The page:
Former soldier recounts cruelty as US president prepares for summit with leader Kim Jong-un, where dire human rights record is unlikely to be broached
Lee Cheol cannot remember how many times he was forced to gather with his fellow soldiers at an airfield outside Pyongyang in North Korea and watch as firing squads executed enemies of the state. But one thing he does remember is that these public displays of violence increased under Kim Jong-un.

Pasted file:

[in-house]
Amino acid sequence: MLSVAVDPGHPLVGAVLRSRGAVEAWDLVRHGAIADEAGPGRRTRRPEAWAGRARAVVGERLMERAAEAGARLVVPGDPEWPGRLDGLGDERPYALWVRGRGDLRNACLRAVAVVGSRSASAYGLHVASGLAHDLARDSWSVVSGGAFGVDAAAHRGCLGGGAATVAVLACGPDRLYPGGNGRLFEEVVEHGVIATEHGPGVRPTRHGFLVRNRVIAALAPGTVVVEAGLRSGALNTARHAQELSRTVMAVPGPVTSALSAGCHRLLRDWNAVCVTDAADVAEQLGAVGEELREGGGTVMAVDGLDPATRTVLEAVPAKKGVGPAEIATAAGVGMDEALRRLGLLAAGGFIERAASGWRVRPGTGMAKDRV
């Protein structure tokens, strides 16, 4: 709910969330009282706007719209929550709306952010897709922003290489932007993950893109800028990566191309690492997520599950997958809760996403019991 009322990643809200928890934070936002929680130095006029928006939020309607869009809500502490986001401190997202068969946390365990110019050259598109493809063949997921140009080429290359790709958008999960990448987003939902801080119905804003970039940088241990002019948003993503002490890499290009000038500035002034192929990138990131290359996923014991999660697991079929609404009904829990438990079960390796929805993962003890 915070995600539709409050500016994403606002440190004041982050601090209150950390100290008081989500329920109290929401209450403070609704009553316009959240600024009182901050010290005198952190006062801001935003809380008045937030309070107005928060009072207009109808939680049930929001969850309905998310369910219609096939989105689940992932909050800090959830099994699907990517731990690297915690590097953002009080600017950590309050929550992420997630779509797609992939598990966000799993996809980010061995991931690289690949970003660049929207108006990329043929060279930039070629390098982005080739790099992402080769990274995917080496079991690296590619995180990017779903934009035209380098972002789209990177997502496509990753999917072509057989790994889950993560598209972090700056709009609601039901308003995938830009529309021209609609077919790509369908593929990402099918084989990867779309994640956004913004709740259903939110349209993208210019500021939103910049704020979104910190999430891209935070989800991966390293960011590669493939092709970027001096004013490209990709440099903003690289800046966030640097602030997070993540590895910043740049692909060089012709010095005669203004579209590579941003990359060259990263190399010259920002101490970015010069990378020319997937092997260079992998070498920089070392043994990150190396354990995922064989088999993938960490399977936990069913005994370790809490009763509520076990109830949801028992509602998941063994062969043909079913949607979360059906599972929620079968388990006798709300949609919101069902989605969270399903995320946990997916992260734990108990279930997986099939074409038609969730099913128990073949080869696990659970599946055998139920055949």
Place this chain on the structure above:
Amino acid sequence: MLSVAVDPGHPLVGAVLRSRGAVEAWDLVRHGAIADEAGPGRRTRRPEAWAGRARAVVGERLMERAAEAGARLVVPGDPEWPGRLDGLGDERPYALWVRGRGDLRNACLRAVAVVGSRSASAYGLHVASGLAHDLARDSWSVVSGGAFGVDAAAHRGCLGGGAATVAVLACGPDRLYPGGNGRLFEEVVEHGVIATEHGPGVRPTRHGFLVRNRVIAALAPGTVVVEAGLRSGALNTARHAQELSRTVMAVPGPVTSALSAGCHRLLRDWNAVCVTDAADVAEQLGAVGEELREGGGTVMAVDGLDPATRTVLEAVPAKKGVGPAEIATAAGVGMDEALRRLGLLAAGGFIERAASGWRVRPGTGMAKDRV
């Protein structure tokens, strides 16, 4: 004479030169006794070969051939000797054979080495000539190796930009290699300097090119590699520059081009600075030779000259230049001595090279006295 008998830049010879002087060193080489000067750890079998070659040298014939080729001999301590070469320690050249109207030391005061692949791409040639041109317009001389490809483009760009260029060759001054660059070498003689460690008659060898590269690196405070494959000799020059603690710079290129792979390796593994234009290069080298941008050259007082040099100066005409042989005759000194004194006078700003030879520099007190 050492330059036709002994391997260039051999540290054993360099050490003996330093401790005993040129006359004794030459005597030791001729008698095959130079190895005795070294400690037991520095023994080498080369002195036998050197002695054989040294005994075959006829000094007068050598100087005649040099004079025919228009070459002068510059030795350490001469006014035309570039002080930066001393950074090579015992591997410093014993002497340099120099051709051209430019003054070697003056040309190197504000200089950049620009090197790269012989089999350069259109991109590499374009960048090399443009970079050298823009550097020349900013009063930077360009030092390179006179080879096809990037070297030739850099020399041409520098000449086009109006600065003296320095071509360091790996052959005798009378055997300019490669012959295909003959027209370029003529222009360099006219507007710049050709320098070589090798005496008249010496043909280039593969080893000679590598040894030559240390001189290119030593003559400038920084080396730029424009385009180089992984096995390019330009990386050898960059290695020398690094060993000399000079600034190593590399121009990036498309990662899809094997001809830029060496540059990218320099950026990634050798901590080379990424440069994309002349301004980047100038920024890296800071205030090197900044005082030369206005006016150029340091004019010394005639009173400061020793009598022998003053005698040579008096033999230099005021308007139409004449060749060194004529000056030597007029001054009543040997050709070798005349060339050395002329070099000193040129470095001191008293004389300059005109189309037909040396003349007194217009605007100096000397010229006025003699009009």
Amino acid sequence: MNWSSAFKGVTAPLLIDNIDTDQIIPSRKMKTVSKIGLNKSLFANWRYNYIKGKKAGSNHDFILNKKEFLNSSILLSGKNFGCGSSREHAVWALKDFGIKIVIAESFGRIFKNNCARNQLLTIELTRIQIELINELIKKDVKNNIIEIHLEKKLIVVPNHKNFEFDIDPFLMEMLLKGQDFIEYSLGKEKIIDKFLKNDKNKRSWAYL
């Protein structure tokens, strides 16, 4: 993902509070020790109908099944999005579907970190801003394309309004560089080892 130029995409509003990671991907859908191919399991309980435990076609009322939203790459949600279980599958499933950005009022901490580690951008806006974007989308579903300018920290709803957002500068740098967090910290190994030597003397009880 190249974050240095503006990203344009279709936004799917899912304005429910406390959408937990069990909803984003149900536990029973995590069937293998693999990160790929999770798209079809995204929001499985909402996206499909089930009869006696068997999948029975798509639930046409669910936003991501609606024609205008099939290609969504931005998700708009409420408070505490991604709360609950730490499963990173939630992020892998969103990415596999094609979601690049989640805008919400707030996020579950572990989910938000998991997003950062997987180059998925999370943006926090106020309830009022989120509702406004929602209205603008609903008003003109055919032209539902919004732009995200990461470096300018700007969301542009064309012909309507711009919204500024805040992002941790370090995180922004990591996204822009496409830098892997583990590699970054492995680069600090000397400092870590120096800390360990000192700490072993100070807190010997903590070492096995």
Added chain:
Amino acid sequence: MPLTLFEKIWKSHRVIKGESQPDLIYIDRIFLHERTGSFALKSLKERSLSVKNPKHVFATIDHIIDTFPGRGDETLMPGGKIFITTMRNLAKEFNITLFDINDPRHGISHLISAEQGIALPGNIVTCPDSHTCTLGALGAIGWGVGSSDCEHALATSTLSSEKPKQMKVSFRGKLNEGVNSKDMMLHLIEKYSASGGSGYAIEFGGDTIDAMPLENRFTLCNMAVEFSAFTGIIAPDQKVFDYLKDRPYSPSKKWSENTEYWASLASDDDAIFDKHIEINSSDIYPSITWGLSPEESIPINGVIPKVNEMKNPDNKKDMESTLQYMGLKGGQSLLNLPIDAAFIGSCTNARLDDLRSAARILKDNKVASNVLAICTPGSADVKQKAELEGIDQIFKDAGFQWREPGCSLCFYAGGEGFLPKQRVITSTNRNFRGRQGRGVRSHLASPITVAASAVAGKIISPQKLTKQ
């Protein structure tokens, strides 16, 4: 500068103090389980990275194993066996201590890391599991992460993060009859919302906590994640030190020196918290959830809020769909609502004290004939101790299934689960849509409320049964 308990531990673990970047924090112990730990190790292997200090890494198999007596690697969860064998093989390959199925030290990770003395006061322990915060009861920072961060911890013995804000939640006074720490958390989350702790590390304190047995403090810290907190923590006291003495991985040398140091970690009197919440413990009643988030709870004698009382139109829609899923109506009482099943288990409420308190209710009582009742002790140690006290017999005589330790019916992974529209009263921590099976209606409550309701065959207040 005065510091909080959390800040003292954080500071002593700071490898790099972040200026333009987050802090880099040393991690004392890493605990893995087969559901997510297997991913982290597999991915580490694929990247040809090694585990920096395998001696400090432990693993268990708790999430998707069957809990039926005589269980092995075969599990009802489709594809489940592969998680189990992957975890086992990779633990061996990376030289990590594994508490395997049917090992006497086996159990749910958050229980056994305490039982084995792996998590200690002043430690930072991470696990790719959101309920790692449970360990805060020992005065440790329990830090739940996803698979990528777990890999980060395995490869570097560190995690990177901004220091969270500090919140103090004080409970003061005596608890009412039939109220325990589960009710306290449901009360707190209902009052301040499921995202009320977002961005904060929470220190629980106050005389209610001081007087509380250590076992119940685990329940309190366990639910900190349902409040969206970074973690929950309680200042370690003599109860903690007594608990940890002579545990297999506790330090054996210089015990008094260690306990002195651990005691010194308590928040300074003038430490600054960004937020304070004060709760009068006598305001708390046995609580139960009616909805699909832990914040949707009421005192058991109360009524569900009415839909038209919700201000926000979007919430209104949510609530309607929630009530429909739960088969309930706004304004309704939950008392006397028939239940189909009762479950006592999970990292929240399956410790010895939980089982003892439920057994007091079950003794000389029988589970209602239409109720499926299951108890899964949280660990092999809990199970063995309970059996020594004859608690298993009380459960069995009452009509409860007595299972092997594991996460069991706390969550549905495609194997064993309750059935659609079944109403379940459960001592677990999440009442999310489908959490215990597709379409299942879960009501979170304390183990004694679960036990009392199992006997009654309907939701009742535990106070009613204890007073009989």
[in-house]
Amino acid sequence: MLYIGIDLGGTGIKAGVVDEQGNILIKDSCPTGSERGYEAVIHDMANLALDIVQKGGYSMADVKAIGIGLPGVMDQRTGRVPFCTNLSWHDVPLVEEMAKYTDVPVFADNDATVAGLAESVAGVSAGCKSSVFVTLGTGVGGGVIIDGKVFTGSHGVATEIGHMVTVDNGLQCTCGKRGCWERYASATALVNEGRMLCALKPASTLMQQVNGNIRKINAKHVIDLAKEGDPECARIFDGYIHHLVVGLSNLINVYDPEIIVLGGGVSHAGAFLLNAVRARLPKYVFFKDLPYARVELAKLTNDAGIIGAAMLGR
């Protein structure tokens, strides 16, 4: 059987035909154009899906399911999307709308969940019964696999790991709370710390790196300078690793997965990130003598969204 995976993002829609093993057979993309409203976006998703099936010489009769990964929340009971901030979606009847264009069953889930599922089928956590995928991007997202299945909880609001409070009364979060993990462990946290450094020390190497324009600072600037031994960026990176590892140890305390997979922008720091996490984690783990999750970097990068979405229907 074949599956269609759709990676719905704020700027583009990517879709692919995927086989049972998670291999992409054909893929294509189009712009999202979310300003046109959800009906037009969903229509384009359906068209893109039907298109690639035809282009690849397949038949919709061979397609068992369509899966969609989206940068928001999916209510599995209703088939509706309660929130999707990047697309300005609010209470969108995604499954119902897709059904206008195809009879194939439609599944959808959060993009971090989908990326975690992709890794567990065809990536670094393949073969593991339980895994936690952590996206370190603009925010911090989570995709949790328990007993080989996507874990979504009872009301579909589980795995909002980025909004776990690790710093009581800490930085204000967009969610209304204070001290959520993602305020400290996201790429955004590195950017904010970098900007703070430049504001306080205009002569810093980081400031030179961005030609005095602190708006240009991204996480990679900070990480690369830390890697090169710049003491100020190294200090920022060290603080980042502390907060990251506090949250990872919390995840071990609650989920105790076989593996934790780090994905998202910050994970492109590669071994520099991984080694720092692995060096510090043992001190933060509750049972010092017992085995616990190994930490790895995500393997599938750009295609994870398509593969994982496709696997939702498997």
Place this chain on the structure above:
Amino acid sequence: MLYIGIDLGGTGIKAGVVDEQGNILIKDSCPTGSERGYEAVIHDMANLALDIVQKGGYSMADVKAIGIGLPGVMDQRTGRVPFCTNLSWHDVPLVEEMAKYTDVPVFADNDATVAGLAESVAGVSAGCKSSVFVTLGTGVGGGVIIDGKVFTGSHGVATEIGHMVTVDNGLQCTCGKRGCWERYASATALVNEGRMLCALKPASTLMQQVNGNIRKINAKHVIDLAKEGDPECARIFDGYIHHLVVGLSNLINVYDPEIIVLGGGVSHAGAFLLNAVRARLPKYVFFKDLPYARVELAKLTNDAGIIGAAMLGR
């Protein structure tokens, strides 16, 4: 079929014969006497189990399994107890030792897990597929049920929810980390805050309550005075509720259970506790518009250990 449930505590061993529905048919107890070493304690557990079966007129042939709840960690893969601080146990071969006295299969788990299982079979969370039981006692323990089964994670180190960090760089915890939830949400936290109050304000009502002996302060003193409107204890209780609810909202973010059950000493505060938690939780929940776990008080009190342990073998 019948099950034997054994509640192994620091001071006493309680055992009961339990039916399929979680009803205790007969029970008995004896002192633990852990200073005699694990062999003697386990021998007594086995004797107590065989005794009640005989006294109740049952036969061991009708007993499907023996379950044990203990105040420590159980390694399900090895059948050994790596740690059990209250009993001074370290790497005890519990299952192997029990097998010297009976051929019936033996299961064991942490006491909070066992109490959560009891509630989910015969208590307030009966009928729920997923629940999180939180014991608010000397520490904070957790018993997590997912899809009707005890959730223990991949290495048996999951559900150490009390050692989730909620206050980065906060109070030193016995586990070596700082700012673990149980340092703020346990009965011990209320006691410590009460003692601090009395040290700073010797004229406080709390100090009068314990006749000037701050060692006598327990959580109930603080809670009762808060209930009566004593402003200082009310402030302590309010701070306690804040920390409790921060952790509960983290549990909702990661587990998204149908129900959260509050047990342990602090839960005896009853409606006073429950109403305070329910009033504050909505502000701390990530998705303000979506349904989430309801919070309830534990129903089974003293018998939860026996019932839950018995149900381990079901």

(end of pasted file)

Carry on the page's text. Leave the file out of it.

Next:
“I was very traumatised, I couldn’t eat or sleep for days,” Lee says, recalling the first time he was made to watch teams of soldiers unload their AK-47s into the condemned. “I remember the sound of a person being hit by a bullet, it’s very different from the sound of a target, but after seeing it so many times I became numb.”